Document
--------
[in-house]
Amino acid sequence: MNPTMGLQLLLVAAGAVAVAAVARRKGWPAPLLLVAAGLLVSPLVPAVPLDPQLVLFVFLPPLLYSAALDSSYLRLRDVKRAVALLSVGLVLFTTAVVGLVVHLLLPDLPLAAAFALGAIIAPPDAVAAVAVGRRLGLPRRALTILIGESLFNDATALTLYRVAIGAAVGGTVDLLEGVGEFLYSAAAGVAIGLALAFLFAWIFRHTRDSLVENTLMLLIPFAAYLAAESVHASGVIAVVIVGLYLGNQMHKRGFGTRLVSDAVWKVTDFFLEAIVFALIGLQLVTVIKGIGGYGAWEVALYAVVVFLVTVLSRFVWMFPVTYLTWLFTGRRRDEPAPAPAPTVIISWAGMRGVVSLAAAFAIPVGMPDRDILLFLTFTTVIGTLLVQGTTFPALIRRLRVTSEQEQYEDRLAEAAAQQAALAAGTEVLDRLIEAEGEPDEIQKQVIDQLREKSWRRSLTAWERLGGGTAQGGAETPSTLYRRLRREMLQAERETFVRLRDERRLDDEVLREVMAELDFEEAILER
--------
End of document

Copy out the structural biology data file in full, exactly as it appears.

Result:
[in-house]
Amino acid sequence: MNPTMGLQLLLVAAGAVAVAAVARRKGWPAPLLLVAAGLLVSPLVPAVPLDPQLVLFVFLPPLLYSAALDSSYLRLRDVKRAVALLSVGLVLFTTAVVGLVVHLLLPDLPLAAAFALGAIIAPPDAVAAVAVGRRLGLPRRALTILIGESLFNDATALTLYRVAIGAAVGGTVDLLEGVGEFLYSAAAGVAIGLALAFLFAWIFRHTRDSLVENTLMLLIPFAAYLAAESVHASGVIAVVIVGLYLGNQMHKRGFGTRLVSDAVWKVTDFFLEAIVFALIGLQLVTVIKGIGGYGAWEVALYAVVVFLVTVLSRFVWMFPVTYLTWLFTGRRRDEPAPAPAPTVIISWAGMRGVVSLAAAFAIPVGMPDRDILLFLTFTTVIGTLLVQGTTFPALIRRLRVTSEQEQYEDRLAEAAAQQAALAAGTEVLDRLIEAEGEPDEIQKQVIDQLREKSWRRSLTAWERLGGGTAQGGAETPSTLYRRLRREMLQAERETFVRLRDERRLDDEVLREVMAELDFEEAILER